Turkish Van Cat
Turkish Van cats are a rare breed. They originated in the Lake Van area of Turkey and are considered to be a national star in their homeland. The Turkish College of Agriculture and Ankara Zoo oversee their conservation.
Lake Van is in a mountainous area more than 5,600 feet above sea level. It has extreme temperatures which has led to the cats having two coat lengths, one for summer and the other for winter. The summer coat is substantially shorter, while the winter coat is semi-long and cashmere-like. Turkish Vans shed their winter coat at the beginning of summer.
There is a legend that says that a Turkish Van cat swam away from Noah’s Ark. By coincidence, Mount Ararat, where Noah’s Ark is supposed to have landed, is close to Lake Van. Both the Jews and the Islamists believe that God or Allah had a hand in the coloring of the Turkish Van. They were white cats, but due to a celestial touch, they suddenly got color. The Jewish people believe that a door slammed on the cat’s tail on the Ark and the tail suddenly went red. Then God touched the cat’s head, leaving a spot. The islamists think that Allah touched the Turkish Van and left a spot on it’s back. This colored marking is called ‘The Thumbprint of Allah’ and because of this the Turks believe that the cats are blessed.
Turkish Van cats are known as ‘swimming cats’. As we know, most cats hate water, but the Turkish Vans love it and they don’t just dip their paws in it. They go for full blown swims in pools and ponds. This could be due to the fact that the temperature around Lake Van can reach 100F in the summer so they are using the water to cool themselves down. Another theory is that they learnt to swim to catch the herring which live in Lake Van. Whatever the reason is, they love water and they have even developed a coat which repels water.
These cats are large and muscular and males can reach 18 pounds. They are one of the biggest domestic cats out there. They are very athletic and need plenty of exercise. If you have one as an indoor cat, be prepared to have ornaments knocked off your shelves.They are friendly cats if they are properly socialised as a kitten and can make a great family pets. However they don’t like to be held or sit on laps.
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It is thought that the Turkish Van cat has lived in the Lake Van area for centuries. Archeological digs have found drawings, ornaments, carvings and jewelry from 5000 years ago which bear the likeness of the the Turkish Van. This means that they could be one of the oldest breeds in existence. Only Egypt beats this record.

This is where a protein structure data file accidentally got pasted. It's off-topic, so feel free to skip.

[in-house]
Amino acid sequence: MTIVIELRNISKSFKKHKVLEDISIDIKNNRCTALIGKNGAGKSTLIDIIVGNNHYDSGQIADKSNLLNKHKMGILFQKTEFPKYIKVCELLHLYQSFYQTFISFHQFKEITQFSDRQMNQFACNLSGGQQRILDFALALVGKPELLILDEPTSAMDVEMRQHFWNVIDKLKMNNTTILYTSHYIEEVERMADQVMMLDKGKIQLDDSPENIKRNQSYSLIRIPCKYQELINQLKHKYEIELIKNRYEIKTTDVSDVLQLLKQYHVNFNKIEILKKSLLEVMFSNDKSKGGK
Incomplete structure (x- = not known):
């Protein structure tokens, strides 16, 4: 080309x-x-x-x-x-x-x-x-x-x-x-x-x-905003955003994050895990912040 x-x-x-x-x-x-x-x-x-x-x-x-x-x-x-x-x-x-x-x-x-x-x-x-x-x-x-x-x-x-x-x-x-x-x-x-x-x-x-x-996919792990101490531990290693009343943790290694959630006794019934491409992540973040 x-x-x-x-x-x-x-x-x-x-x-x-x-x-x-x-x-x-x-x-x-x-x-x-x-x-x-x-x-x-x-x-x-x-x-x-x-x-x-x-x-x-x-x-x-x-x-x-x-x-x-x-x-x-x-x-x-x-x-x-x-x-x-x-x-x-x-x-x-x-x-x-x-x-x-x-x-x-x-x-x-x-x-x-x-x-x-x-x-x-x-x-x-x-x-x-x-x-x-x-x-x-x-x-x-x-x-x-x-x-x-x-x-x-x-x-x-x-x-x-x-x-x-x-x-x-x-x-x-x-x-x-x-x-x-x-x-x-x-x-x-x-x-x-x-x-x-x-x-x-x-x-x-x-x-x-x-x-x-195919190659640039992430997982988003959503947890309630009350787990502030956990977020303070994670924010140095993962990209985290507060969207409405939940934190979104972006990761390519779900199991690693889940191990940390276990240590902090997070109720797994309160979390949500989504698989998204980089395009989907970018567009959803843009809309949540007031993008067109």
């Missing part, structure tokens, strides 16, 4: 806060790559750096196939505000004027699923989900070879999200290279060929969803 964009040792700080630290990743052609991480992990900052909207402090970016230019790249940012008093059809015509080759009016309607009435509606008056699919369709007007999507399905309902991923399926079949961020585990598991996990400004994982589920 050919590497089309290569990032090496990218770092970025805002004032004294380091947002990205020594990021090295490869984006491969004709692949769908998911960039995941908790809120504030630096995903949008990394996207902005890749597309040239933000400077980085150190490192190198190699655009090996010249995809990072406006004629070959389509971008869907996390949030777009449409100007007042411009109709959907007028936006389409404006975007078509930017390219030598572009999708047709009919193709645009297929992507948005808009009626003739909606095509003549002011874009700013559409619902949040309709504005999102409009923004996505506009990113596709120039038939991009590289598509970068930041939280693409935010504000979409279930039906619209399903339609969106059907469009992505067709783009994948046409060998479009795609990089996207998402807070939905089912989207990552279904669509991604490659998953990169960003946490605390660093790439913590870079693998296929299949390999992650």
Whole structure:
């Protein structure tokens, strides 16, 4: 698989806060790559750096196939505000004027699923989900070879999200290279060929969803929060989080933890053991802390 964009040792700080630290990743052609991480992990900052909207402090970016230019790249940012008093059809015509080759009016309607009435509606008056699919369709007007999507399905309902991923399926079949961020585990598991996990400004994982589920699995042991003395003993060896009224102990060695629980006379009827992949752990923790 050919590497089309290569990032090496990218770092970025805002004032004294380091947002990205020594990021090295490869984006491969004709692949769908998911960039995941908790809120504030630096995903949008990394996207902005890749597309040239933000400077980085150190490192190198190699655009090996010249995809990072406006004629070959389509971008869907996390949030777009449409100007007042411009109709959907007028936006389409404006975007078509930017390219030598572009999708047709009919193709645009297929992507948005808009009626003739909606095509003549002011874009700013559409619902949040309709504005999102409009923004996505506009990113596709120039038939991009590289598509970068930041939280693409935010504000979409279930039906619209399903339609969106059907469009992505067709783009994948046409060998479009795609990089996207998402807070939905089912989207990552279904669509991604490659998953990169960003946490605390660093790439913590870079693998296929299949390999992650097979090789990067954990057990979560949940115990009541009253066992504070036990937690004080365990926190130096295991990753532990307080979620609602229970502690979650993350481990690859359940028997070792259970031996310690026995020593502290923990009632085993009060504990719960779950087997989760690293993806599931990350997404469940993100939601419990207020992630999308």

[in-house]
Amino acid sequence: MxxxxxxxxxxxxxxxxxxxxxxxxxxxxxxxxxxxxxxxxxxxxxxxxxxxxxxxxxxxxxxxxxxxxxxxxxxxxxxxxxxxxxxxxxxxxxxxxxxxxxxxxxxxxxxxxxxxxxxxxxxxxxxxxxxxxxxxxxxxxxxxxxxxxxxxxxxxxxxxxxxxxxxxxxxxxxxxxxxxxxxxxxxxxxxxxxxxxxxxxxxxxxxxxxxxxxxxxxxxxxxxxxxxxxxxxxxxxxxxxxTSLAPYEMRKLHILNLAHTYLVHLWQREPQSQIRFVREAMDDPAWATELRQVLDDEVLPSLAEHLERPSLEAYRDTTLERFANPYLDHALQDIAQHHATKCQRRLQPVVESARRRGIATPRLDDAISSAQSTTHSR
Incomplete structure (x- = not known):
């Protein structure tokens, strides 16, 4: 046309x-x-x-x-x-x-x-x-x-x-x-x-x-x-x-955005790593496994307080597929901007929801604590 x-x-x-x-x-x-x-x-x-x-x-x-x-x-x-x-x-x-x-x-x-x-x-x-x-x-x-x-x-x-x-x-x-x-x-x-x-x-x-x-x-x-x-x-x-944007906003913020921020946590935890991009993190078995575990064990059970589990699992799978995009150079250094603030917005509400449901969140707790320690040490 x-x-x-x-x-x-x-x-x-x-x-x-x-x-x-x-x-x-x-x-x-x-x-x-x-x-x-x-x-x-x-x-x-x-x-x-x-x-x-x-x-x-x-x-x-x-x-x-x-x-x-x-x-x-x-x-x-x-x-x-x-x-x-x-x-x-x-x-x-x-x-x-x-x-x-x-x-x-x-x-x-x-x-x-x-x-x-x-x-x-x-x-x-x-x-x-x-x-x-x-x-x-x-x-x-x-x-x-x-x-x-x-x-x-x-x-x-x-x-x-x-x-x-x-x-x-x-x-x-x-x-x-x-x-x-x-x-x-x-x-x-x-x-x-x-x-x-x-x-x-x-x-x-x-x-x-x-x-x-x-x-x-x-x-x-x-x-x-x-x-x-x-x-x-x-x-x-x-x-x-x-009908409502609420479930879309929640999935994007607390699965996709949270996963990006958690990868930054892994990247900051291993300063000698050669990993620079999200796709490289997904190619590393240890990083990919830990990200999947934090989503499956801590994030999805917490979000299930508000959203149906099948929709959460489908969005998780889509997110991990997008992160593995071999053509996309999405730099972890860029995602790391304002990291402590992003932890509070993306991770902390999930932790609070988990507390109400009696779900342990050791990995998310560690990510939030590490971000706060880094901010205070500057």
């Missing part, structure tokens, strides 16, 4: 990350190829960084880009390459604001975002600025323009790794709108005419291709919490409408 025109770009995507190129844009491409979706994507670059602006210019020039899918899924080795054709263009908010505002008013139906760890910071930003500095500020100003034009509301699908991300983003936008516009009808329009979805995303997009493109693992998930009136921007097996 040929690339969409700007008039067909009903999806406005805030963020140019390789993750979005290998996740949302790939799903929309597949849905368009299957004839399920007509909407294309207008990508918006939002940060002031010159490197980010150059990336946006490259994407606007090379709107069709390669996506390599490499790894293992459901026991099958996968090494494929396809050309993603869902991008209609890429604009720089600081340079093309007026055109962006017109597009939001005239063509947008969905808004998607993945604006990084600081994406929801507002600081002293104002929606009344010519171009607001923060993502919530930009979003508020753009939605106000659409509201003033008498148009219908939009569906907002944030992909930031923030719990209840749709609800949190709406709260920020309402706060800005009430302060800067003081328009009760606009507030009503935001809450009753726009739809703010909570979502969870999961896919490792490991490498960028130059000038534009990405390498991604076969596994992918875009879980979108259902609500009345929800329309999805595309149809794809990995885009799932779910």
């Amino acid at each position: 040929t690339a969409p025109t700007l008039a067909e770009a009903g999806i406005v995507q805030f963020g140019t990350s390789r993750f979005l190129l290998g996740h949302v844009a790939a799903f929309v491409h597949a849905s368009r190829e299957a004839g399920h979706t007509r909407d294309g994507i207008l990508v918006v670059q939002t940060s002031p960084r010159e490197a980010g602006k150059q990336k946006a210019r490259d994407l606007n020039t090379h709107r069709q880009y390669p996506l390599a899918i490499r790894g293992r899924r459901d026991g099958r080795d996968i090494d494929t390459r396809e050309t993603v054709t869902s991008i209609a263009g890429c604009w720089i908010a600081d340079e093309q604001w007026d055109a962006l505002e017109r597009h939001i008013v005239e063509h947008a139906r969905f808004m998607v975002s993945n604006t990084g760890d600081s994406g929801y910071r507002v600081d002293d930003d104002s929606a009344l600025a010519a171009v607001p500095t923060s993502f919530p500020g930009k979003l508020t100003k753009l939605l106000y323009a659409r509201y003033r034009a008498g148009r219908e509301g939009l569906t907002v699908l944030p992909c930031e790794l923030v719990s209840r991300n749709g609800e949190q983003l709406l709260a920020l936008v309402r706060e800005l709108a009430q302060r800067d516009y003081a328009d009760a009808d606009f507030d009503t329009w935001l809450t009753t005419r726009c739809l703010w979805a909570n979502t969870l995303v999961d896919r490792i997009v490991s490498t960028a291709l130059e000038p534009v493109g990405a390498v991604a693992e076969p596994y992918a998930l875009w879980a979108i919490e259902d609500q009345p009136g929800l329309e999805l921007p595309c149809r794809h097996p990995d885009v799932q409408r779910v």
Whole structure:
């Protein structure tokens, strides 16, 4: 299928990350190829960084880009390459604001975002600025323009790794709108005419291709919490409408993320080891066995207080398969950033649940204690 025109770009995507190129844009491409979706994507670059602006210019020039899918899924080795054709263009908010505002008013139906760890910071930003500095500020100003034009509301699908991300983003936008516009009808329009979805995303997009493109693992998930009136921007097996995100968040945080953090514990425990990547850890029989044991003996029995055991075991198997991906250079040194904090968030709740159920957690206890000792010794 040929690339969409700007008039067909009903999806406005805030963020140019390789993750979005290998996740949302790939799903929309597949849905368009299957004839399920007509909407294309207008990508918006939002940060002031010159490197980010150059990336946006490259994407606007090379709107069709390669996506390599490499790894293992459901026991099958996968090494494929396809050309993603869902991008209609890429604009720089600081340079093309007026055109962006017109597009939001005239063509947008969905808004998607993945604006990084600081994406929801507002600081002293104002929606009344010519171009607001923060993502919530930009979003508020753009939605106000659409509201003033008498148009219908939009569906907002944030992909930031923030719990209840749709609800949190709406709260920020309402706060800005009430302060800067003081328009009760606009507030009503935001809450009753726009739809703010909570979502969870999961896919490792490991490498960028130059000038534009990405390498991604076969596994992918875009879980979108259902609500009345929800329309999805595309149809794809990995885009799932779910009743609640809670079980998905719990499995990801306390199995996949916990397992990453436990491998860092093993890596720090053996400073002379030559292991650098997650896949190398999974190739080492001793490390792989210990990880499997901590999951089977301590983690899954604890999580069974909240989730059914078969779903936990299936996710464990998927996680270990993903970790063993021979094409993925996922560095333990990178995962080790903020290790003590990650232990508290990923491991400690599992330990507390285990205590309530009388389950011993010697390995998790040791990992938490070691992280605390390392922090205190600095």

The Turkish Van was much admired by soldiers fighting in the Crusades and they brought them back to Europe during the 11th to 13th centuries. They were a novelty because up till then only shorthaired cats were known in Europe.They were also taken to the East by invaders and explorers. They can be found in Iraq, Iran, Syria, Armenia and Russia.
The modern history of the Turkish Van cat began in 1955 when these cats were introduced to the UK. It was then when 2 Turkish Van cats were given to 2 British photographers, Sonia Halliday and Laura Lushington who were on an assignment for the Turkish Ministry of Tourism. Laura decided to breed these unrelated cats and when their offspring looked exactly like the parents, she realised that they were a breed. The kittens were also white with a dark tail and head markings. She went back to Turkey to get another pair of Turkish Van cats to carry on the breeding process. Her aim was to get the cats recognised by the Governing Council of the Cat Fancy (GCCF). However, this was a slow process. She refused to cross breeds, wanting the Turkish Van to be recognised as a breed. She was aided in this by Lydia Russell, a British cat breeder who helped to introduce the Turkish Van to the public. She helped other breeders to go to Turkey to get more Turkish Vans, though the process was very slow because of quarantine laws. Lydia’s and Laura’s hard work finally paid off in 1969 when the Turkish Van was recognised as a proper breed by the GCCF.
The first Turkish Van kittens arrived in the U.S.A. in the 1970s but it took a little while before they were accepted. First of all, in 1988, the TICA (the International Cat Association), the world’s largest registry of pedigreed and domestic cats, accepted them. In 1994 they were accepted by the CFA (Cat Fanciers Association).
In addition Turkish Vans are recognised in China by the Cat Aficionado and in Australia by the Cat Federation (ACF).
It is interesting to note that despite their revered status, Turkish Vans weren’t officially recognised in Turkey until the 1980s. It is now illegal to export them from Turkey as they are still a rare breed.